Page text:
Out of print for over a century, Stella, Haiti’s first novel, has often been overlooked. This neglect is partly due to a nineteenth-century colonial mentality that denigrated Haiti and Haitians, constantly judging them against standards established for the purpose of exclusion.
Within the records of the early United States War Department, amidst the pay receipts and accounts of treaty negotiations with Native American tribes, there are glimpses into the life of relatively ordinary Americans, many illiterate, who served their country during the war for Independence.
Disasters permeate the daily news and saturate our consciousness. This, as Marie-Hélène Huet proposes in a new book, is the way of the modern world.
By tracing how intimacy has figured in popular memory of the Founders from their own lifetimes to the recent past, Sex and the Founding Fathers shows that sex has long been used to define their masculine character and political authority and has always figured in civic and national identity.
“An Unknown Arc into the Future”: An Interview with Daniel Lewis, Curator of Beautiful Science: Ideas that Changed the World
Megan Gallagher interviews Daniel Lewis, Curator of the Huntington Library’s exhibit, entitled Beautiful Science: Ideas that Changed the World.
Fantomina: Or, Love in a Maze (1725) is perhaps Eliza Haywood’s most intriguing example of amatory fiction, and it provides a good case study for understanding the similarities between contemporary rape culture and the sexual conventions of the eighteenth century.
We might have grown skeptical about our cultural legacy, but it is quite natural for us to assume that our own cognitive theories are the latest word when compared with those of our predecessors. Yet in some areas, the questions we are now asking are not too different from those posed some two-three centuries ago, if not earlier.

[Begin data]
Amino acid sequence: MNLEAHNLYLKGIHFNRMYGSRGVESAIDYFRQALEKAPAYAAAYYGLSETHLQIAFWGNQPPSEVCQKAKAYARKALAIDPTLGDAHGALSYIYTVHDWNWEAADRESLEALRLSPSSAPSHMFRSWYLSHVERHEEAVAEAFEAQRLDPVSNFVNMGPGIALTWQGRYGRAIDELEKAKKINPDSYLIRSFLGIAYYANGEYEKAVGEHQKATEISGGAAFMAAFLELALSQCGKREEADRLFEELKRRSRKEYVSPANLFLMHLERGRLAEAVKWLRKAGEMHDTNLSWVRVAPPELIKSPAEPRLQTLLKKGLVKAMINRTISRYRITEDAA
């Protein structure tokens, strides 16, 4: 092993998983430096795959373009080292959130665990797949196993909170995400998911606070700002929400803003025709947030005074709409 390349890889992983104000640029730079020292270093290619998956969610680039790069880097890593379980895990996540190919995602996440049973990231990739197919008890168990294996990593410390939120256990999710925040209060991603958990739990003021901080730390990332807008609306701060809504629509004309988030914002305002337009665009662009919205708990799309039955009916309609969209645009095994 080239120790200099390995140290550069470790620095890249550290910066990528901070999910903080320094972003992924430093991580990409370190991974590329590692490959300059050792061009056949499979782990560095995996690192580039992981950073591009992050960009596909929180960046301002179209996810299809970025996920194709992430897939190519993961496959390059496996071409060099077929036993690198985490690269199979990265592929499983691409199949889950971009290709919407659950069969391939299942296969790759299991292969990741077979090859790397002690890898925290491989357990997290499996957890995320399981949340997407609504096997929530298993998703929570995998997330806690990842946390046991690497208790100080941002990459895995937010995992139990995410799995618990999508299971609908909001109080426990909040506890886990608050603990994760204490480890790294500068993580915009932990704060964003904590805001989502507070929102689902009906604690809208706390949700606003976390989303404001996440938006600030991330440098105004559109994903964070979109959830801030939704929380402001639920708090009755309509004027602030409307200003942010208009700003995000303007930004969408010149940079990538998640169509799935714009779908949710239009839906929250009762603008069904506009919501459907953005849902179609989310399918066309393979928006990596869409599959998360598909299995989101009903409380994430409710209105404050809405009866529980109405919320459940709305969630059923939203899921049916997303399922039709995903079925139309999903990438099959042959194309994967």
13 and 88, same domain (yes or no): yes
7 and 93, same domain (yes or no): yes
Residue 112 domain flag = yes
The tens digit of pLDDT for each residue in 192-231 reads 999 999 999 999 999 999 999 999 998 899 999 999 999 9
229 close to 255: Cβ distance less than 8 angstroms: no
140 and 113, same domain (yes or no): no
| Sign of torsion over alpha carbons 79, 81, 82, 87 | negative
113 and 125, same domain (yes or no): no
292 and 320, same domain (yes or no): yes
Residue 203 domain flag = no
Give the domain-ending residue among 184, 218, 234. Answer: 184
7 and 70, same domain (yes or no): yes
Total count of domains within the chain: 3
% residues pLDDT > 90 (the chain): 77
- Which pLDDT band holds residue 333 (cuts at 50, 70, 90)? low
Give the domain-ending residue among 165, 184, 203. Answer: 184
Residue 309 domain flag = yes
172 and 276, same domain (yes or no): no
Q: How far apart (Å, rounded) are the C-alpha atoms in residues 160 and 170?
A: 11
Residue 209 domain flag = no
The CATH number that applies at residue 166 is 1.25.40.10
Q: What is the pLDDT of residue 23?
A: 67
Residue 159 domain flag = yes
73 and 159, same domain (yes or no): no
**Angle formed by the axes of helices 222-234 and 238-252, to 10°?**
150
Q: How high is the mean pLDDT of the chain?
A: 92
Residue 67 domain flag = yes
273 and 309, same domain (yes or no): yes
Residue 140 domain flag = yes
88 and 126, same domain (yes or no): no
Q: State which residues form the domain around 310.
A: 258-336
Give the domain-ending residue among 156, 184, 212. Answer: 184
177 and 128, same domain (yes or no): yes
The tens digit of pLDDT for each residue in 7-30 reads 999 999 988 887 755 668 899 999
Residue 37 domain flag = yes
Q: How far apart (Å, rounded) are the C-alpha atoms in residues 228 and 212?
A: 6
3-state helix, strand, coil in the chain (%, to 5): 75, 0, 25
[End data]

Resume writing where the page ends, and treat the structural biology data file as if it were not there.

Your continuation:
In September 1792, on the day of the autumnal equinox, a Welshman named Iolo Morganwg met friends on Primrose Hill near what is now Regent’s Park in London. There, they made a circle out of stones. The largest stone was fashioned into an altar. On this altar was placed an unsheathed sword. Standing on these stones and dressed in wildly colored robes, the company recited Welsh history and poetry.
The physical garden was to Sir William Temple and other Epicureans a reflection of one’s mental landscape, and in the best of all possible worlds, one would stay in the garden–a position that Voltaire would later and more famously endorse in Candide. Like seventeenth-century definitions of wit, Temple’s philosophy of the garden expresses a balance of judgment and fancy, those gendered faculties of the mind, and an appropriate blend of reason and passion. The act of gardening for Temple was the practice of freeing the self from the disordered passions, unavoidable but capable of being subdued like wild weeds. One needs only a patch of earth, a shovel, and a life of the mind.
Thomas Willis (1621-1675) thought there were two equal and opposite impulses at work when a person blushed, a modest retreat and an aggressive advance. In his book on mimicry, Dazzled and Deceived (2009), Peter Forbes has argued that all systems…